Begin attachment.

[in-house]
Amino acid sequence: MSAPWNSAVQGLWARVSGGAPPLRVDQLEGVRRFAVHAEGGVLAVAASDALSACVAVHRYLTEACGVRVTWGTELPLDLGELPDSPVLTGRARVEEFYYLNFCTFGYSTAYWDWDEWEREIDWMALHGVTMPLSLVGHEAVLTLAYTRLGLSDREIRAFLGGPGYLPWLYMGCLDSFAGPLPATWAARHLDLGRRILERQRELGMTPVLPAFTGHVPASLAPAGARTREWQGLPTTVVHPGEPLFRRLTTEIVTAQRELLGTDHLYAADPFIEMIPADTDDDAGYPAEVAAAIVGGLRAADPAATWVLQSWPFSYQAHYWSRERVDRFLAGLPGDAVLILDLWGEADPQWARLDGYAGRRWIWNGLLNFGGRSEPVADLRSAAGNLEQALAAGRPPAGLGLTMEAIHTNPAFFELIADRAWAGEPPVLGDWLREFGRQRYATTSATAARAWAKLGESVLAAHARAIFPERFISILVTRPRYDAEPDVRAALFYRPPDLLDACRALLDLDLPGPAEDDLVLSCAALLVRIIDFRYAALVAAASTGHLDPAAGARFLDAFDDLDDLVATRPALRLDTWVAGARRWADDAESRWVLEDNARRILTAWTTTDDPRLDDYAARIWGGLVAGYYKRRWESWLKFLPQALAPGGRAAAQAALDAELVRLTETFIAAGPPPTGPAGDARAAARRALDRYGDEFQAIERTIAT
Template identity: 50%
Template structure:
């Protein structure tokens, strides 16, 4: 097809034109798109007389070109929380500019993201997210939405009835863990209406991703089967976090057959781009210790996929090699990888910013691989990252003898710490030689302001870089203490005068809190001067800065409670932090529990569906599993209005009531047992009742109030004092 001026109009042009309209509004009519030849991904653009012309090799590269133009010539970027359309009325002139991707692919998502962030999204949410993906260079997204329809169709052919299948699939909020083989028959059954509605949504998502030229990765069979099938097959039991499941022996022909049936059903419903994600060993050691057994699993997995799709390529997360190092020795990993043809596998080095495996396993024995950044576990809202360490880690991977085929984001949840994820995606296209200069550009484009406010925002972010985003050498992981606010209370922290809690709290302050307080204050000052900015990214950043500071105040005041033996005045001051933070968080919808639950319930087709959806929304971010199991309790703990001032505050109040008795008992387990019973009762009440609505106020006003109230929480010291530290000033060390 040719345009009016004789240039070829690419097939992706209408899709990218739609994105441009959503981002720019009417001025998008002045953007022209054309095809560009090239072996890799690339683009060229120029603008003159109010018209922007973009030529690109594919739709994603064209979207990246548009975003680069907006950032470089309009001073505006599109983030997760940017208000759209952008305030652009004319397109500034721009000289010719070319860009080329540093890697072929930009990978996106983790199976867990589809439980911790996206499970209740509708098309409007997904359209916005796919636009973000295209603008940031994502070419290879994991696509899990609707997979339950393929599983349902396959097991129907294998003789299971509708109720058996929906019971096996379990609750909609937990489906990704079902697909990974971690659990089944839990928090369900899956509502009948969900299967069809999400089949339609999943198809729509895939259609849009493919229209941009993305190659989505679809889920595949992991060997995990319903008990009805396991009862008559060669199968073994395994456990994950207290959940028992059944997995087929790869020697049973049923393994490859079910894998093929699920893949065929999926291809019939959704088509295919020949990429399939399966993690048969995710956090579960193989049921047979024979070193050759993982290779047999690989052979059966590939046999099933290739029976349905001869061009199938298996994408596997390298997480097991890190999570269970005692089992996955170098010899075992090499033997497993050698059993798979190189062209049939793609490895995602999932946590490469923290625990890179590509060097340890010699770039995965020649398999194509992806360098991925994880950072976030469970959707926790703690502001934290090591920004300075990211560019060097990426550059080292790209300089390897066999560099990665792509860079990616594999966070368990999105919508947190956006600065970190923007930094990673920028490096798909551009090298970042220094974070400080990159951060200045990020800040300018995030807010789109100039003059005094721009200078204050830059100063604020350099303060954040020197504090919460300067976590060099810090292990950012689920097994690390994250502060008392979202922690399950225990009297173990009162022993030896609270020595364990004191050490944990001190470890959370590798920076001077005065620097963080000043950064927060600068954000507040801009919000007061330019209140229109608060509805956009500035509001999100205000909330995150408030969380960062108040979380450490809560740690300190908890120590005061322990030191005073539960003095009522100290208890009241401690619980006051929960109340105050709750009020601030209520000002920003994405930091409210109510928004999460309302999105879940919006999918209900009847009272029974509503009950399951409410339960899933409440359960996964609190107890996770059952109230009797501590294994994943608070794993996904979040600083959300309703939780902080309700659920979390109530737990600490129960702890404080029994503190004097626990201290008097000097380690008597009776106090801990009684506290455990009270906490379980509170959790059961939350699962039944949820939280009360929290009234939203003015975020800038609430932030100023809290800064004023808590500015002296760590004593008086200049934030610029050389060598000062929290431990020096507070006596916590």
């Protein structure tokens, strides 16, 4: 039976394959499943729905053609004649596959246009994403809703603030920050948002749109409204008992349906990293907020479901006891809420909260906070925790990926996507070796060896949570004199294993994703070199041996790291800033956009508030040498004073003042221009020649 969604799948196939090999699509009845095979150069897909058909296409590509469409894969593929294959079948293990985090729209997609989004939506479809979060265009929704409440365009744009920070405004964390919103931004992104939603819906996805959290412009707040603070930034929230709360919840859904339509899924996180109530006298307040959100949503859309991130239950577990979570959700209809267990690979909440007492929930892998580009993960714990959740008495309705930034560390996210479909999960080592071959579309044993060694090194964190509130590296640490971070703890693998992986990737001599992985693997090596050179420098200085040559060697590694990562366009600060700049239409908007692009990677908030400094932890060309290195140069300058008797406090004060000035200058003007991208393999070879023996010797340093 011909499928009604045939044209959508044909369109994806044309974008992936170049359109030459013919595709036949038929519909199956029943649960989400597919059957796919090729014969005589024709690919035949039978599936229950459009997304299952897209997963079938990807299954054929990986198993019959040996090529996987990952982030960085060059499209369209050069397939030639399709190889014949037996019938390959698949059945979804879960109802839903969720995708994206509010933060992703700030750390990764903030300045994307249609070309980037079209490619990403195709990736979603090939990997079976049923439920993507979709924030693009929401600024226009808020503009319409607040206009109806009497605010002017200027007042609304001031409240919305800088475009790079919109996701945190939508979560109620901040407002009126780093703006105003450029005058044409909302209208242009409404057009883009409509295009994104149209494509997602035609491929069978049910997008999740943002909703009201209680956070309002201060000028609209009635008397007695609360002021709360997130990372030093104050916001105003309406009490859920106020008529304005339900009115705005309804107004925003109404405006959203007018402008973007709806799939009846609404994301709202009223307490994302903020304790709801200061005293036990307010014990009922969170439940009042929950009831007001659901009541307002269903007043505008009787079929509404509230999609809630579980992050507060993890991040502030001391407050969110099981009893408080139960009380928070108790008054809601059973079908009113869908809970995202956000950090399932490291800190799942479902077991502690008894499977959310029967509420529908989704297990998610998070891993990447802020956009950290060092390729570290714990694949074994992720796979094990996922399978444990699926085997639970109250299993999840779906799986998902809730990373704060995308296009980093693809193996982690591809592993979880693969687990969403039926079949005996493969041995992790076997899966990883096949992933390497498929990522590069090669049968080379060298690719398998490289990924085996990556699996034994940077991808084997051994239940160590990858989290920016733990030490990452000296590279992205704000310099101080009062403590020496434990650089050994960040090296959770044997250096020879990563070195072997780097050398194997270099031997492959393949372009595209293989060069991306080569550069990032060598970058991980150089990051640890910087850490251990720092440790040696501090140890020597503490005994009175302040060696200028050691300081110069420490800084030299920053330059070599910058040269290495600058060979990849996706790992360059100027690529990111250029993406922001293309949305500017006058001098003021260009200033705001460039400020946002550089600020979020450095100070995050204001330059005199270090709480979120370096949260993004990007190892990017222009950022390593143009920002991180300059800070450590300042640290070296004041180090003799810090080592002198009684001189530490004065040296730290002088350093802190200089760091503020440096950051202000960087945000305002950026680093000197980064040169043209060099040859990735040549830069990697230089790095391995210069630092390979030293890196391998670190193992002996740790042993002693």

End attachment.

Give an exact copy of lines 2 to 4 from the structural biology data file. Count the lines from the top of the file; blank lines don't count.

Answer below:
Amino acid sequence: MSAPWNSAVQGLWARVSGGAPPLRVDQLEGVRRFAVHAEGGVLAVAASDALSACVAVHRYLTEACGVRVTWGTELPLDLGELPDSPVLTGRARVEEFYYLNFCTFGYSTAYWDWDEWEREIDWMALHGVTMPLSLVGHEAVLTLAYTRLGLSDREIRAFLGGPGYLPWLYMGCLDSFAGPLPATWAARHLDLGRRILERQRELGMTPVLPAFTGHVPASLAPAGARTREWQGLPTTVVHPGEPLFRRLTTEIVTAQRELLGTDHLYAADPFIEMIPADTDDDAGYPAEVAAAIVGGLRAADPAATWVLQSWPFSYQAHYWSRERVDRFLAGLPGDAVLILDLWGEADPQWARLDGYAGRRWIWNGLLNFGGRSEPVADLRSAAGNLEQALAAGRPPAGLGLTMEAIHTNPAFFELIADRAWAGEPPVLGDWLREFGRQRYATTSATAARAWAKLGESVLAAHARAIFPERFISILVTRPRYDAEPDVRAALFYRPPDLLDACRALLDLDLPGPAEDDLVLSCAALLVRIIDFRYAALVAAASTGHLDPAAGARFLDAFDDLDDLVATRPALRLDTWVAGARRWADDAESRWVLEDNARRILTAWTTTDDPRLDDYAARIWGGLVAGYYKRRWESWLKFLPQALAPGGRAAAQAALDAELVRLTETFIAAGPPPTGPAGDARAAARRALDRYGDEFQAIERTIAT
Template identity: 50%
Template structure: